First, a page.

Gordon Campbell | Parliament TV | Parliament Today | Video | Questions Of the Day | Search


Consumers to get electricity redress

13 October 2001 Media Statement

Consumers to get electricity redress under new legislation

Consumer rights need to be strengthened for utility services such as electricity and new legislation is being introduced to do this, says Acting Consumer Affairs Minister Jim Anderton.

Jim Anderton introduced the new Consumer Protection Bill to Parliament yesterday,

"The definitions of 'goods', 'services', and 'supplier' will be extended in the Consumer Guarantees Act to cover electricity, gas, telecommunications, water and waste water removal network operators and retailers, and computer software.

"This legislation will make lines companies accountable to consumers for failures or mistakes they make.

"Electricity supply that is prone to frequent unplanned interruption, or violent and arbitrary spikes and surges as a result of supplier failure will not be acceptable. Some companies may have to look closely at the information they give customers, and how they give it.

"This new bill can make suppliers of utilities responsible for compensating consumers for damage caused if their goods are not of acceptable quality, or if they don't perform a service with reasonable skill and care.

"Many electricity companies will have to rethink the limitation and exclusion of liability clauses in their customer contracts or risk breaking the law," said Jim Anderton.

The changes are in response to a High Court decision in 1998 which ruled that the Act does not cover electricity or line services.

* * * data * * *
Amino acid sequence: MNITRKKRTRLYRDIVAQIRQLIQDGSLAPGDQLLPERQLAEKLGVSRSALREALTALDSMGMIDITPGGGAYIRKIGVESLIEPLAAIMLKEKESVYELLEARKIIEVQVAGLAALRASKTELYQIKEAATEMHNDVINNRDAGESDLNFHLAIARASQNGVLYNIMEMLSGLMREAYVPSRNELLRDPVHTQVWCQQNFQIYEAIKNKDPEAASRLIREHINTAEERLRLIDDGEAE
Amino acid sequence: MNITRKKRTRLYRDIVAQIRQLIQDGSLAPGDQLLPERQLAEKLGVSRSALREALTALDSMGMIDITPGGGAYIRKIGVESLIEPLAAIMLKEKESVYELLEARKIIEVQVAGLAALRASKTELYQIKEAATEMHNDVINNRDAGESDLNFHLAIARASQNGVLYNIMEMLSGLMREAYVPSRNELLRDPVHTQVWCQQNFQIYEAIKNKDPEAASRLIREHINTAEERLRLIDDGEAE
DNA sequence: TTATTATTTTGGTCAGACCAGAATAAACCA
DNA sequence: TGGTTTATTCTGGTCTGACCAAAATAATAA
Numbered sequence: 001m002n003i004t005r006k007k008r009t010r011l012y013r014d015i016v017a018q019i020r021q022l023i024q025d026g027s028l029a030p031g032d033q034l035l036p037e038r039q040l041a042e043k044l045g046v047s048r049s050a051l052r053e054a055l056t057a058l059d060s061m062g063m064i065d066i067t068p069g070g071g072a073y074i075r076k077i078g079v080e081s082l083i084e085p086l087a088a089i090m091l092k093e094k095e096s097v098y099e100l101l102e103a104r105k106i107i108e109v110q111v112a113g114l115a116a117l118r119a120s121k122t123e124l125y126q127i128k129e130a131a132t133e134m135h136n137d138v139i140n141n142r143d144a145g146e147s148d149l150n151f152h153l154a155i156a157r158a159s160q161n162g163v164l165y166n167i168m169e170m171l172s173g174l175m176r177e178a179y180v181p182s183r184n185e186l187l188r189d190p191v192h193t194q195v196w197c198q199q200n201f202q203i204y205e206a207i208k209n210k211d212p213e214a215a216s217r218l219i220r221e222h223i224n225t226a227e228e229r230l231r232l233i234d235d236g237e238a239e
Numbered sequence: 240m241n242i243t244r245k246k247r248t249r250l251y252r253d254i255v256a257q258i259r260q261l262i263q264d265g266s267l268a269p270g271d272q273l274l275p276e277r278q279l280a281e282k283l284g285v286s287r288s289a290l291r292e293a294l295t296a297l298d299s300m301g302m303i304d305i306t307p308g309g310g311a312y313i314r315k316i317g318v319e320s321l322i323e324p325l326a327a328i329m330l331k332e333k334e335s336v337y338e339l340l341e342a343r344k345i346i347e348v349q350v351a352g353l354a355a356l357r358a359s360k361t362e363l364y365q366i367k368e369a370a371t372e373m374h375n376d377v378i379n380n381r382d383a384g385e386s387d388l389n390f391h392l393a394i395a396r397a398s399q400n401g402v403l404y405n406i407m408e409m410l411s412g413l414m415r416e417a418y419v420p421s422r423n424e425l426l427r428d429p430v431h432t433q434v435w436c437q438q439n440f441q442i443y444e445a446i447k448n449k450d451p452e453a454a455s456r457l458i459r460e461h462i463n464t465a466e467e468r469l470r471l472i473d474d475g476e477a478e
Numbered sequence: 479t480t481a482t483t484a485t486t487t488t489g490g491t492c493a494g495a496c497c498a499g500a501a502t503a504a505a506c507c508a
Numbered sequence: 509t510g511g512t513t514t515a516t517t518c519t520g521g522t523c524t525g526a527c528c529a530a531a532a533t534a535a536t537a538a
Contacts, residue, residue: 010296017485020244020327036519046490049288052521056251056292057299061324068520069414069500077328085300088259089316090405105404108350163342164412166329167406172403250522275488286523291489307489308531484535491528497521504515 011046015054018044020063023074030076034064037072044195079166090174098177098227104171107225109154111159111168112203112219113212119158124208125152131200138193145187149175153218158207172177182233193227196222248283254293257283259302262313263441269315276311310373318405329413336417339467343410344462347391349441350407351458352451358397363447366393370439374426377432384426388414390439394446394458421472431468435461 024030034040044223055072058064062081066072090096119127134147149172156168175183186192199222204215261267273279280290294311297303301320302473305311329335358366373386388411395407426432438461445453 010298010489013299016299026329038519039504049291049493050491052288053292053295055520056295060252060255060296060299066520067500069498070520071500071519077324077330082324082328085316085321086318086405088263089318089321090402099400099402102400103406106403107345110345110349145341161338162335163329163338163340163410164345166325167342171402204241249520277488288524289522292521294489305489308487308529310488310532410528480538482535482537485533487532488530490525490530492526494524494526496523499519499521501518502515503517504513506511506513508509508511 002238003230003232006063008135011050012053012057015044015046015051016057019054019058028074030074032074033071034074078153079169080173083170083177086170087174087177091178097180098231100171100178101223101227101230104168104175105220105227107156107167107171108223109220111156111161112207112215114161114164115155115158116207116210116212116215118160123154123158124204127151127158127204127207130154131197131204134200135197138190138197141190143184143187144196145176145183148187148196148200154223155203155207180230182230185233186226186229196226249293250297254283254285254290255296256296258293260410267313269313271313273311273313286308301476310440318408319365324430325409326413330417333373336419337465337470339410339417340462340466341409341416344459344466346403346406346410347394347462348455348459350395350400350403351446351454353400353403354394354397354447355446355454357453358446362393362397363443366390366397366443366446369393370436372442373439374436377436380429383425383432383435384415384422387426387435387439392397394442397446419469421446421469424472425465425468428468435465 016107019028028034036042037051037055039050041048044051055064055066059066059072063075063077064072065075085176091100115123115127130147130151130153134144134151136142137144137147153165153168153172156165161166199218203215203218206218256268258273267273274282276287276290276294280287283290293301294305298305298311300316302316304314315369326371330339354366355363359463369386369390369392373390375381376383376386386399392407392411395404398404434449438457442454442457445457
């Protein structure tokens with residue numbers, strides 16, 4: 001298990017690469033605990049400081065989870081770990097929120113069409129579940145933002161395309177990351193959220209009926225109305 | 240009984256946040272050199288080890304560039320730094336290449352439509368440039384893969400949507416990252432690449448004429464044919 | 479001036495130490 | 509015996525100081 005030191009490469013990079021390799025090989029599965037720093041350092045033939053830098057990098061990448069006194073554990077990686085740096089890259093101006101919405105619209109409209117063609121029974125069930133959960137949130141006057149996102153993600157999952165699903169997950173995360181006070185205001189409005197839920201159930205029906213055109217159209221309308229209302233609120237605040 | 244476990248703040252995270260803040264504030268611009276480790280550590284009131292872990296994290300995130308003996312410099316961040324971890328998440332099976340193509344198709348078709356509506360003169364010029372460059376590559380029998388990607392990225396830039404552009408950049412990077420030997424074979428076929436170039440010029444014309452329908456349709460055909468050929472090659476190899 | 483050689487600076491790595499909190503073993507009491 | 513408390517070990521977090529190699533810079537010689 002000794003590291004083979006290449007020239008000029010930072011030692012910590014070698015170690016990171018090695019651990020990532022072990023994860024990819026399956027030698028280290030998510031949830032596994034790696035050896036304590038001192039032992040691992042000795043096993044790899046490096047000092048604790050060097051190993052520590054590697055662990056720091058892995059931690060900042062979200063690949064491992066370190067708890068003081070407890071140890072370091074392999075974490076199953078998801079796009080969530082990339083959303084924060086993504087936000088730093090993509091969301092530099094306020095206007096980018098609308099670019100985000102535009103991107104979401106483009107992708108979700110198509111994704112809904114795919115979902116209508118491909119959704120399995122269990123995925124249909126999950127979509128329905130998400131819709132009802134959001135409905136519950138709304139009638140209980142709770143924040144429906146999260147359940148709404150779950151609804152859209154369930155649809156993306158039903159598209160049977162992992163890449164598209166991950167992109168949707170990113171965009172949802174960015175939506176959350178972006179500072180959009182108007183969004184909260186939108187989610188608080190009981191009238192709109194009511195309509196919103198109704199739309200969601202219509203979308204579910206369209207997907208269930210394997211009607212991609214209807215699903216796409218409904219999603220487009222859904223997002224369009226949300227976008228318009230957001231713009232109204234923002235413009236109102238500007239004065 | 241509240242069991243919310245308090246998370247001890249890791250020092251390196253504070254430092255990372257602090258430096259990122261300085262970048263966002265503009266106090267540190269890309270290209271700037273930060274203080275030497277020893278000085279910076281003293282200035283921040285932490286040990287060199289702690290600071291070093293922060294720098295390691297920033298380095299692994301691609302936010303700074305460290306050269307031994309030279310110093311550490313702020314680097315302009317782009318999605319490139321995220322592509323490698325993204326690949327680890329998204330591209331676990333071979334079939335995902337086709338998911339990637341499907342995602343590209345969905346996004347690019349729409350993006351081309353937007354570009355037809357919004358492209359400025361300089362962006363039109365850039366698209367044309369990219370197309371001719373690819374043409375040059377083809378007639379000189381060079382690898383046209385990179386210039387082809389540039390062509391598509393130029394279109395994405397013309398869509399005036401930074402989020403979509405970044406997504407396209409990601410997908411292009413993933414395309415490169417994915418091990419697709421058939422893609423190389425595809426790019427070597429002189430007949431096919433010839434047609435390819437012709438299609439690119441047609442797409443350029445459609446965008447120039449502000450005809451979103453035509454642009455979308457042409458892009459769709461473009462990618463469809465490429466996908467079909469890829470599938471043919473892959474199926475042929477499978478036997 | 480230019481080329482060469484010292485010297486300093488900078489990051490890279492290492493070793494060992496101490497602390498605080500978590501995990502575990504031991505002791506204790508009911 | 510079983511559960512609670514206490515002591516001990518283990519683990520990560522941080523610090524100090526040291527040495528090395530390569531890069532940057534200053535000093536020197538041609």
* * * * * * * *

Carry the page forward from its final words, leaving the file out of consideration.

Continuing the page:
The public can make submissions on the Bill which is being referred to the Commerce Select Committee for consideration. Mr Anderton expects the Bill to be passed between March and June 2002 and to come into effect the day after the Governor General gives her assent.


© Scoop Media

Parliament Headlines | Politics Headlines | Regional Headlines


Sector Opposes Bill: Local Government Bill Timeframe Extended

The Minister of Local Government Peseta Sam Lotu-Iiga has asked the Select Committee to extend the report back date for the Local Government Act 2002 Amendment Bill (No 2). More>>


Breed Laws Don’t Work: Vets On New National Dog Control Plan

It is pleasing therefore to see Louise Upston Associate Minister for Local Government calling for a comprehensive solution... However, relying on breed specific laws to manage dog aggression will not work. More>>


Not Waiting On Select Committee: Green Party Releases Medically-Assisted Dying Policy

“Adults with a terminal illness should have the right to choose a medically assisted death,” Green Party health spokesperson Kevin Hague said. “The Green Party does not support extending assisted dying to people who aren't terminally ill because we can’t be confident that this won't further marginalise the lives of people with disabilities." More>>


General Election Review: Changes To Electoral Act Introduced

More effective systems in polling places and earlier counting of advanced votes are on their way through proposed changes to our electoral laws, Justice Minister Amy Adams says. More>>

Gordon Campbell: On Our Posturing At The UN

In New York, Key basically took an old May 2 Washington Post article written by Barack Obama, recycled it back to the Americans, and still scored headlines here at home… We’ve had a double serving of this kind of comfort food. More>>


Treaty Settlements: Bills Delayed As NZ First Pulls Support

Ngāruahine, Te Atiawa and Taranaki are reeling today as they learnt that the third and final readings of each Iwi’s Historical Treaty Settlement Bills scheduled for this Friday, have been put in jeopardy by the actions of NZ First. More>>


Gordon Campbell: On The Damage De-Regulation Is Doing To Fisheries And Education, Plus Kate Tempest

Our faith in the benign workings of the market – and of the light-handed regulation that goes with it – has had a body count. Back in 1992, the free market friendly Health Safety and Employment Act gutted the labour inspectorate and turned forestry, mining and other workplace sites into death traps, long before the Pike River disaster. More>>

Get More From Scoop



Search Scoop  
Powered by Vodafone
NZ independent news